Volvo and Uber's first self-driving car is ready for the road

The XC90 variant is designed to support fully autonomous ridesharing.

Two years later, Volvo and Uber are ready to show off their first purpose-built self-driving car. They've introduced a variant of the XC90 SUV that's designed to accept and work with Uber's autonomous driving system from the outset. It packs sensors both above and built-in to help the vehicle navigate city streets on its own. Safety-conscious Volvo, however, is keen to tout "several" backup systems for braking, steering and power that will bring the SUV to a controlled stop if the main components fail.

The combination of the XC90 with Uber tech is meant to "one day" enable completely driverless ridesharing, without an Uber specialist ready to take over for those moments when current technology falls short. Volvo itself wants to use a "similar" base vehicle concept for its own self-driving cars in the early 2020s, although those machines will only operate hands-free in "clearly designated" areas like highways and ring roads.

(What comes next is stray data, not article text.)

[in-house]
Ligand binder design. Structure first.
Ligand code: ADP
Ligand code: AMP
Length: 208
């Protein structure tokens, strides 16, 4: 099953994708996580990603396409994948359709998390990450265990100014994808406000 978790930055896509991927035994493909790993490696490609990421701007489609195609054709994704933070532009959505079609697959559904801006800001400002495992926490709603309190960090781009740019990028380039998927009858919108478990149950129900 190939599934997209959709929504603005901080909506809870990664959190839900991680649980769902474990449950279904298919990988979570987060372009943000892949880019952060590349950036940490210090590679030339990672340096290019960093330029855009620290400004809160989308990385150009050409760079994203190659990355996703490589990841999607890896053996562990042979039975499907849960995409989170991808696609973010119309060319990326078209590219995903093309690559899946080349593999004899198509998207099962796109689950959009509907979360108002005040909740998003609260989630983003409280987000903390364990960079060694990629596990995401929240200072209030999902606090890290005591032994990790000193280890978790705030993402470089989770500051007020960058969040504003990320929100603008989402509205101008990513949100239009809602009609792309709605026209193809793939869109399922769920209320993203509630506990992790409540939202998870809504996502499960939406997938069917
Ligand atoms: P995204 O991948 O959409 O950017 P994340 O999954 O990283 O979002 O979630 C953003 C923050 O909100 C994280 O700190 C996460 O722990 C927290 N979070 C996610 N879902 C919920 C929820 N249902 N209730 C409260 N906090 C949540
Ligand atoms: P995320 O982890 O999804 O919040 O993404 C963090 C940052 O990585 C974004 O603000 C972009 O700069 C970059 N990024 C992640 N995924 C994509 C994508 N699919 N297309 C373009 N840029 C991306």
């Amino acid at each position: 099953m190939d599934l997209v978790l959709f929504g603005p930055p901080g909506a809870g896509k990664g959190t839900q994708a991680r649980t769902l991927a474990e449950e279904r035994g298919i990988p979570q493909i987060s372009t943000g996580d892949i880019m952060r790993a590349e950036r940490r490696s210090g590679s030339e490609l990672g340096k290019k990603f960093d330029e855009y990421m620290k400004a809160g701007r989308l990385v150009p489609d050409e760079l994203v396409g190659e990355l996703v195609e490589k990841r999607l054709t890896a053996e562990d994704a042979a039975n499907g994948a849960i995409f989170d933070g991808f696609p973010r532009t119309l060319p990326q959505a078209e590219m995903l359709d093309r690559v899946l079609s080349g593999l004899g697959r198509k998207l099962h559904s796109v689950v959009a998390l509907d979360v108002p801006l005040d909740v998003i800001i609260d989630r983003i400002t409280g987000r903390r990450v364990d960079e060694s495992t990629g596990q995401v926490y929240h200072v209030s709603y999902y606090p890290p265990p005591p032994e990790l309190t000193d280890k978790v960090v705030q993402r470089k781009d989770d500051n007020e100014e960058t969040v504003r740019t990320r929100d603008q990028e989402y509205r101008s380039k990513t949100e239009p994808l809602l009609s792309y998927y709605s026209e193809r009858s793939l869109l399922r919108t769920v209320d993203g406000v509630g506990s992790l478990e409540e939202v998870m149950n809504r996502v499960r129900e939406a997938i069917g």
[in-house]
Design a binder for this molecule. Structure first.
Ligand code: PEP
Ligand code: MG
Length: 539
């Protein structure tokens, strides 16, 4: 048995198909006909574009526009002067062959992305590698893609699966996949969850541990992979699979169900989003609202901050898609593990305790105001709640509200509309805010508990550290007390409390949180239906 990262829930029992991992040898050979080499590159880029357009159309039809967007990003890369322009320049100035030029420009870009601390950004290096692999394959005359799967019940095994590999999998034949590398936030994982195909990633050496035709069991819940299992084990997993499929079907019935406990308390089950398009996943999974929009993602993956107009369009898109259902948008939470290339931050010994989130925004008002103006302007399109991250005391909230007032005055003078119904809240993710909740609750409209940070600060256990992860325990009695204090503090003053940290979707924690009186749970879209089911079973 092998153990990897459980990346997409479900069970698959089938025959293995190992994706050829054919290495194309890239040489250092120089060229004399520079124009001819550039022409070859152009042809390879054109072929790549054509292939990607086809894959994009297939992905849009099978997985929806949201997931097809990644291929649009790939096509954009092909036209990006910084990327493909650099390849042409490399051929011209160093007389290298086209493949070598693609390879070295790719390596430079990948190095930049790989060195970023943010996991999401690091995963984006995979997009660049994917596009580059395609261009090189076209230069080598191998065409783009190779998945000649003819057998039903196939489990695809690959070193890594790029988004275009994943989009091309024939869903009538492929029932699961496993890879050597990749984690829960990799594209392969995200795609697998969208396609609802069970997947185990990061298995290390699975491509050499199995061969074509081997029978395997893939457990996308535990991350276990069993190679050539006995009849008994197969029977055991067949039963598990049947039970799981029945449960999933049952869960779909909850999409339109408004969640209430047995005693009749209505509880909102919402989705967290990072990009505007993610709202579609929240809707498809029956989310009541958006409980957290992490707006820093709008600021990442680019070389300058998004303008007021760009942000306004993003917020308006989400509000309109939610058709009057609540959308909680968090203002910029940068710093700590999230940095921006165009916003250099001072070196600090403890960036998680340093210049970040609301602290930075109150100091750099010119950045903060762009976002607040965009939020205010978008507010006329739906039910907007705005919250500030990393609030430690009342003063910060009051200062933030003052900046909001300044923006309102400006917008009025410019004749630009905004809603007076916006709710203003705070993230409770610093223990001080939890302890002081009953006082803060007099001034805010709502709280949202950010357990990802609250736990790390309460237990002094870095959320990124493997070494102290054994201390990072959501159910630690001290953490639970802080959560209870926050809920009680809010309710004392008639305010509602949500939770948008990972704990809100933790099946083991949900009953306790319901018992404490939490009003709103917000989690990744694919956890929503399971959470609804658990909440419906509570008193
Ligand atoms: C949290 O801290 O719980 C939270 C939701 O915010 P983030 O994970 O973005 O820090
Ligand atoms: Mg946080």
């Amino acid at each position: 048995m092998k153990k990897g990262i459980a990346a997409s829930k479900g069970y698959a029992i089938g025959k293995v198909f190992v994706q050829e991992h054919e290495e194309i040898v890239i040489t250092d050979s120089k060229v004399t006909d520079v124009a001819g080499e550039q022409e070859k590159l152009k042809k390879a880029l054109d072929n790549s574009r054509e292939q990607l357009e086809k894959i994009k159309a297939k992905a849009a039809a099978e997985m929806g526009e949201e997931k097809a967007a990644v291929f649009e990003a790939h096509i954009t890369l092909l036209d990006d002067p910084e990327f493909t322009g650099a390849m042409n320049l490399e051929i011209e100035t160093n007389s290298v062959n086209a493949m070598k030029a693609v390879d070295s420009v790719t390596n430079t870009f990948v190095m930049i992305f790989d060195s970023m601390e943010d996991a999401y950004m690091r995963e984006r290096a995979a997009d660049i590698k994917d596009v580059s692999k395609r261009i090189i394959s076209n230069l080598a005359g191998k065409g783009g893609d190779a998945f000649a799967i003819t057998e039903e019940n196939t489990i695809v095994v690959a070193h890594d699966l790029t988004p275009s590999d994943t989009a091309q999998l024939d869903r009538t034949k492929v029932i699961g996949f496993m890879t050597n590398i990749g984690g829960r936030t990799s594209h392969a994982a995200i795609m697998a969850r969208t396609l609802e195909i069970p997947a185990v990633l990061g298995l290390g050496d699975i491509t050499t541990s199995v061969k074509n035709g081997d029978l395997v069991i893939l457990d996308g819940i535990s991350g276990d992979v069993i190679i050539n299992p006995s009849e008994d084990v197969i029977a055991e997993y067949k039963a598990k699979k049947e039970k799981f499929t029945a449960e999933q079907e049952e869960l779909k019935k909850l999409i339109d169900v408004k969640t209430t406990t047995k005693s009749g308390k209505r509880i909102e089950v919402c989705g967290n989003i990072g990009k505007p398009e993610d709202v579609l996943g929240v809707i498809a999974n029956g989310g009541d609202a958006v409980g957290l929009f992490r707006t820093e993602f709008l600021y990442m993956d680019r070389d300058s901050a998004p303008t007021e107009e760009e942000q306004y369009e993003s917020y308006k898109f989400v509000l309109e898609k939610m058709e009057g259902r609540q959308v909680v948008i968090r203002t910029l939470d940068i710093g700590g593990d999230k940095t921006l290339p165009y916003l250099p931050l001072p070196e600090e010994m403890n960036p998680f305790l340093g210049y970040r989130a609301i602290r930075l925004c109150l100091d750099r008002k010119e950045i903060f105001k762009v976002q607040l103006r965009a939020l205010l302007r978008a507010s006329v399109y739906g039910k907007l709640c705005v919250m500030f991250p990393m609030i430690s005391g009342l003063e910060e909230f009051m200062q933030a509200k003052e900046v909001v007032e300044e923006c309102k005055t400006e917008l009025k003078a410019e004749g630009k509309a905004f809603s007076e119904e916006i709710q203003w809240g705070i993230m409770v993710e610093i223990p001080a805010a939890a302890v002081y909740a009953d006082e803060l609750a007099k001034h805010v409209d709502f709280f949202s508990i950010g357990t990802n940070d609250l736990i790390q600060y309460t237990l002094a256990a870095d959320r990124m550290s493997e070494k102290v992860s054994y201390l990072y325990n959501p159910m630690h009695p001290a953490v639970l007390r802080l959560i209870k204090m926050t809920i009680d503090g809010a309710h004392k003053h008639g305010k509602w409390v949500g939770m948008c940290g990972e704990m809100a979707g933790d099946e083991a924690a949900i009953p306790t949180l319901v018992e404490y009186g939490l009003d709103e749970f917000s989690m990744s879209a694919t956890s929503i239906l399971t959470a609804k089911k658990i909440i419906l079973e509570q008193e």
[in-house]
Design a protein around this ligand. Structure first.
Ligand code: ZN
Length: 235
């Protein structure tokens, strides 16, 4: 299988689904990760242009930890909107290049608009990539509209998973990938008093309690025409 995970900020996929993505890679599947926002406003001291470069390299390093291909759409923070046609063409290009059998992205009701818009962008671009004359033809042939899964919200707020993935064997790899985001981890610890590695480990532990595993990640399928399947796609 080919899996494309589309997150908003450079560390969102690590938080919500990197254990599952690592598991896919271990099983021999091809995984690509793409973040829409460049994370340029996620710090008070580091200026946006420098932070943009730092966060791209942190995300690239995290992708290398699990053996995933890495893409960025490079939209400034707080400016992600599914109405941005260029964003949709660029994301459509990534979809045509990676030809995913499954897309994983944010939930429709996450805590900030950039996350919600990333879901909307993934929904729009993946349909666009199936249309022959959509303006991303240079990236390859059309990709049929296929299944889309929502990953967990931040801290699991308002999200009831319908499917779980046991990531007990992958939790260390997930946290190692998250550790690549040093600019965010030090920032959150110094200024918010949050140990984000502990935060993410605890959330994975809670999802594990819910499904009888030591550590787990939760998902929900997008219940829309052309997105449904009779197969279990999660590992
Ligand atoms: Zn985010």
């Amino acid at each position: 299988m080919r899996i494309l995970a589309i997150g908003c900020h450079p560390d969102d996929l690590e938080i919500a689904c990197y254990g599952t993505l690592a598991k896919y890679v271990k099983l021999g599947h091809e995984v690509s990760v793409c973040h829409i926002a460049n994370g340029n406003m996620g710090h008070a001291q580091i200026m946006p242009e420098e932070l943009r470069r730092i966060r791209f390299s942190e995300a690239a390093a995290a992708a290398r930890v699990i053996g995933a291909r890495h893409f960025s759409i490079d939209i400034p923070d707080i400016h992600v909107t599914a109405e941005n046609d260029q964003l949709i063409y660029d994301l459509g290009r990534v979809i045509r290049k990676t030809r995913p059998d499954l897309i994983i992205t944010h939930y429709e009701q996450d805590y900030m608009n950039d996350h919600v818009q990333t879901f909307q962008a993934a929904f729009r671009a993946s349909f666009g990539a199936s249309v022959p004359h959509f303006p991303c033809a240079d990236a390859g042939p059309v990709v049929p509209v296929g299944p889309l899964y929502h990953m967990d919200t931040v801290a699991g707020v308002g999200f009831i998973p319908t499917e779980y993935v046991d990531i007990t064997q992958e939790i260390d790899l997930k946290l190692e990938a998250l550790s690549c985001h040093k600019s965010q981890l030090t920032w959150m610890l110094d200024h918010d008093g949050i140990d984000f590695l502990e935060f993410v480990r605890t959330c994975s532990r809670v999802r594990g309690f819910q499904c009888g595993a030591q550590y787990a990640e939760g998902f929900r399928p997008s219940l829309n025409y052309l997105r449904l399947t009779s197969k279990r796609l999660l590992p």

The timing of the announcement isn't ideal. While Uber's self-driving division recently got a dedicated CEO and an influx of cash, its program remains clouded by the fatal 2018 crash. The company has yet to resume testing on a similar scale and has instead conducted only limited tests. The Volvo arrangement is a sign that Uber is still committed to autonomy in the long run, but the situation isn't quite as rosy as it was when the company announced the deal nearly two years ago.